We all know that consumer debt has been a “dirty word” in the past two years, but what about business debt? Business debt, if you manage it correctly, allows you to actually protect and grow your business. I spoke with Larry Frank, a business coach and regional developer with the Richmond, Va.–based Advicoach, about the right way to approach business debt. He says that just as consumer debt isn’t a four-letter word if you use it wisely, business debt is also not a dirty word. In fact, he says, there’s a real need for it in small business management.
Good reasons for taking on business debt include improving or protecting cash flow; financing an expansion; upgrading or replacing equipment; and building a credit history. But one of the best (and most common) reasons for taking on debt is purchase inventory. Depending on the type of business you own, you may to need to do this on a seasonal basis (many stores stockpile inventory for Christmas, for instance) or throughout the year (depending on how high your turnover is).
The trick to using debt to finance inventory purchases, however, is this: You need to pay the debt off as soon as you receive your accounts receivable. In other words, inventory debt is cyclical short-term debt, not long-term debt. And here’s another word of warning: If you’ve got access to credit, it can be tempting to stockpile inventory. After all, prices might go up in the future, or your access to credit may go down; so isn’t it best to buy when you can? Generally speaking, no. If you’ve got too much inventory, you’re likely to be renting out unnecessary space (or dealing with overstocked shelves and cabinets); paying higher insurance premiums; risking the possibility that the inventory could become spoiled or outdated. Too much inventory is like money sitting on the shelves, money that you could have invested elsewhere.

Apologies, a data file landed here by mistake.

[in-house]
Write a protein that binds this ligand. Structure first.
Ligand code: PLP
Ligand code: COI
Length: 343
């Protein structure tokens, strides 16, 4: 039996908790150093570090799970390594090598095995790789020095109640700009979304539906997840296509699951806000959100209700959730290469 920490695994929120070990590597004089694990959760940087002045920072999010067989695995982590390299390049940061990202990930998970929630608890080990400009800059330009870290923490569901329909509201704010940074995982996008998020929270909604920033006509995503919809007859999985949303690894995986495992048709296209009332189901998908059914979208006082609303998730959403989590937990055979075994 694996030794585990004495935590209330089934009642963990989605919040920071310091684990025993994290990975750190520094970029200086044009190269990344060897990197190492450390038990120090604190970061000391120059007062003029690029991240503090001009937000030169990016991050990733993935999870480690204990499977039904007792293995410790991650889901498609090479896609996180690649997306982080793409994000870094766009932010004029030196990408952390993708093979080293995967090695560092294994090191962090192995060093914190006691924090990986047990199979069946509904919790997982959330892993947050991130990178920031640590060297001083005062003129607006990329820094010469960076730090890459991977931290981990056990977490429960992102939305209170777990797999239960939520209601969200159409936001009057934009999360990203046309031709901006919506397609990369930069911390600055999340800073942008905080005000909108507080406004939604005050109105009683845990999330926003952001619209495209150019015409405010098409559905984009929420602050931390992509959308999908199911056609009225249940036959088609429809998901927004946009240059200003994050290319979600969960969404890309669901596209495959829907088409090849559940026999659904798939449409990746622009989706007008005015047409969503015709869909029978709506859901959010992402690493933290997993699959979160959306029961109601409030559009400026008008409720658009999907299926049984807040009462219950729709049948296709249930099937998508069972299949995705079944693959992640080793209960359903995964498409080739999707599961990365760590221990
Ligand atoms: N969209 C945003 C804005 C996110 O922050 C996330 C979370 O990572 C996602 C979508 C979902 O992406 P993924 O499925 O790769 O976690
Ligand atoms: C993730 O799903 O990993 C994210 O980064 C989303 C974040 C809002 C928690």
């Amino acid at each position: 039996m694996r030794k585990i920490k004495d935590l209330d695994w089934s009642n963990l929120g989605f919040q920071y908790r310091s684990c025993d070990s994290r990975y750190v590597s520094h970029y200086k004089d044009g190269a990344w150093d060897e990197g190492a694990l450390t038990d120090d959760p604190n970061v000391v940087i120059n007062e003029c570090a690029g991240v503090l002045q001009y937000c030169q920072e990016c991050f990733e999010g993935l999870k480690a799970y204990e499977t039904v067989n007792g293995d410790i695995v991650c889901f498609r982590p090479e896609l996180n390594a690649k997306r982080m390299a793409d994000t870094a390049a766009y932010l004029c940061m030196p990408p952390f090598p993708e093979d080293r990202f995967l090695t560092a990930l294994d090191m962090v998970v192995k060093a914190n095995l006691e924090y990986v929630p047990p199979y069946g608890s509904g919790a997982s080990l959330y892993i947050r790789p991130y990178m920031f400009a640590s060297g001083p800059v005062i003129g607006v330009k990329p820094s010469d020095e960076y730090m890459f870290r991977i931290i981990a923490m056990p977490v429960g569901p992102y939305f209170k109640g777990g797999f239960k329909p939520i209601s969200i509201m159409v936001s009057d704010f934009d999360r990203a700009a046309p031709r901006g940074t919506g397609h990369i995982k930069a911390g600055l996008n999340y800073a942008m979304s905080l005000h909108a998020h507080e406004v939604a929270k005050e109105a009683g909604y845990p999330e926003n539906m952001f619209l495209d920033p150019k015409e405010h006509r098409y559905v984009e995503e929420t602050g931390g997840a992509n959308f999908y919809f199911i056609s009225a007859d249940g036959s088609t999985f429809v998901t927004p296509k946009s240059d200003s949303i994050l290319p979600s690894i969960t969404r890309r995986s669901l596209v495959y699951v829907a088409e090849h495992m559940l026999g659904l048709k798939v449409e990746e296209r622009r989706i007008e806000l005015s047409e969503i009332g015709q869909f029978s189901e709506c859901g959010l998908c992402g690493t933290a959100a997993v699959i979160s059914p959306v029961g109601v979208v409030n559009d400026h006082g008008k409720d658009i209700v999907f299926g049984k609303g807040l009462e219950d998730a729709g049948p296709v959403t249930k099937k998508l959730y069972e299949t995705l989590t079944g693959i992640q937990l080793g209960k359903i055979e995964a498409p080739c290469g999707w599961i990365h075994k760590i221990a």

Of course, if you’re going to take on extra debt, you have to have a clear plan for paying for it. Make sure you understand the terms of your payment plan; are the payments fixed over the term of the loan or will they go down as your balance decreases? What are the penalties for late payments or a total default? And will you be personally liable for the loan or debt if your business is unable to make its payments? “Acquiring debt without a business plan is dangerous,” Frank says. “Failing to plan is essentially planning to fail.”
One other issue to keep in mind: just as consumer debt is harder to find these days, so too is business debt. “Banks are tightening up on their credit, which means that even credit-worthy companies may have a hard time getting what they need,” Frank says. “It may take longer than you expect to get debt, even if you have sound reasons for doing so.”